by Shayley Blair

Lucy Campbell, director Matt Vesely and producer Bettina Hamilton came together at a film lab program facilitated by South Australian Film Corporation. “We got together through New Voices: Film Lab, and we actually went into the development process without any real idea of what we were going to make,” says Lucy Campbell today.

Bettina Hamilton, Matt Vesely and Lucy Campbell

The team had numerous “one paragraph ideas to sort through, which were whittled down to two ideas, and then we eventually decided on one idea. It was just a premise, and one night I wrote up a couple of pages,” Campbell reveals.

The screenwriter describes the original premise as being based on interviews with people who’ve had experiences with aliens. “We wanted to work in sci-fi and we definitely had the idea of podcasting. In terms of the rest of the story, that really came through the course of the development lab.”

During 2021, when the concepts for their sci-fi thriller were evolving, the global zeitgeist was rife with conspiracy theories, political protests, and subsequent “media misinformation.” Campbell reveals how these aspects influenced Monolith’s plot, and its ponderings on matters of truth and the impacts of isolation. “I guess on our minds, and certainly on my mind – and something I really like the idea of talking about – is ‘who controls the narrative?’ And because you were seeing a lot of misinformation, obviously from the media, and from a political standpoint,” she reflects, citing the Capitol Riots as an example.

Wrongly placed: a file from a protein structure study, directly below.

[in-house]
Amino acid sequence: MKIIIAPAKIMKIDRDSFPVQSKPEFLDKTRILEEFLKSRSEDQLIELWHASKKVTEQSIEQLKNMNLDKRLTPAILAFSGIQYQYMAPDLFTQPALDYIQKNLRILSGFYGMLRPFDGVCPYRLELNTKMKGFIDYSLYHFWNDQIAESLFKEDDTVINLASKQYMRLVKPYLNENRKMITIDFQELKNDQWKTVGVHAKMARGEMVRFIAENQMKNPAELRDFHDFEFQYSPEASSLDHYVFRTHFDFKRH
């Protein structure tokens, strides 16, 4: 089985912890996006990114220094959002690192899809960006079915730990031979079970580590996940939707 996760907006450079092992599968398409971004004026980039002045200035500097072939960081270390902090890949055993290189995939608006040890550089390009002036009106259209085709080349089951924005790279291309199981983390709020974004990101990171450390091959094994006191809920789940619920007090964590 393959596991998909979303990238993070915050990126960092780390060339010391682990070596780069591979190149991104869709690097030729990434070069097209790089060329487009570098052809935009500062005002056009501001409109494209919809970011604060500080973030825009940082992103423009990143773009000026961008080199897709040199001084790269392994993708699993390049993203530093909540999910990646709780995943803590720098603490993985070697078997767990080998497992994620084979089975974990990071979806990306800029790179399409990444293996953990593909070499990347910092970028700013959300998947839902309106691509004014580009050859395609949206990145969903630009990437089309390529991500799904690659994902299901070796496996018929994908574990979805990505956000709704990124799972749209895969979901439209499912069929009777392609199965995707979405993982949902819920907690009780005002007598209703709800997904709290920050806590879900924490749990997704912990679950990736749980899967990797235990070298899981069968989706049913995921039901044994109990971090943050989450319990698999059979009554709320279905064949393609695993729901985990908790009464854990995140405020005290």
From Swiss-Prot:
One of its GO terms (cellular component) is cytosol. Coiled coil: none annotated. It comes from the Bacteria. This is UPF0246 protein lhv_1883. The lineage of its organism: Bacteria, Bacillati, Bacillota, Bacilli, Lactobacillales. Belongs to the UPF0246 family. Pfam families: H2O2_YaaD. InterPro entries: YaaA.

Believability of what ‘The Interviewer’ character [portrayed by Lily Sullivan in the film] is going through, despite the sci-fi nature of it all, adds to the gripping effect of Monolith as you take the journey with her. The film has the rare power to capture the audience through only one on-screen player and keep them there for its duration, achieved even when the main character is never addressed by name. “We wanted to keep her a little bit at arms-length and there was something exciting about this idea of a protagonist that you don’t know,” Campbell shares. “You know something about this person, but actually, as you go along, she’s such an unreliable narrator that it sort of turns on you a little bit. There’s something not quite right about the story that she’s telling.”

All the action takes place in one house, an otherworldly space with museum-like vibes. “The house that really inspired us was the house from Ex Machina,” Campbell reveals. “We went around looking at different houses and none of them quite worked. And then our location manager found this house and it was just like, ‘wow, this is incredible. Modern, monolithic. It’s beautiful, but it’s also quiet’.”

We ask Campbell about the possibility of everyday objects possessing significance, as objects in the film appear to. “Crystals and things like that – they can sort of imbue almost any object with anything,” Campbell admits. “We were all fans of The Witch, the A24 film about a family that live next to a forest. For the whole film, you’re kind of like – ‘maybe there’s a witch in the forest’. It was really important to us that it’s not just a metaphor. Although there is a metaphor element to the bricks and to the story.”

There have been suggestions brought up that the Monolith team do an actual podcast on topics centred on in the film, as a promotional angle and possibly to expand the story. The film may even eventuate into a series, following mysteries solved by the same podcaster. “There are lots of stories to explore in the world… and you could keep on exploring stories,” Campbell acknowledges… watch the sky… watch this space.

Monolith is screening now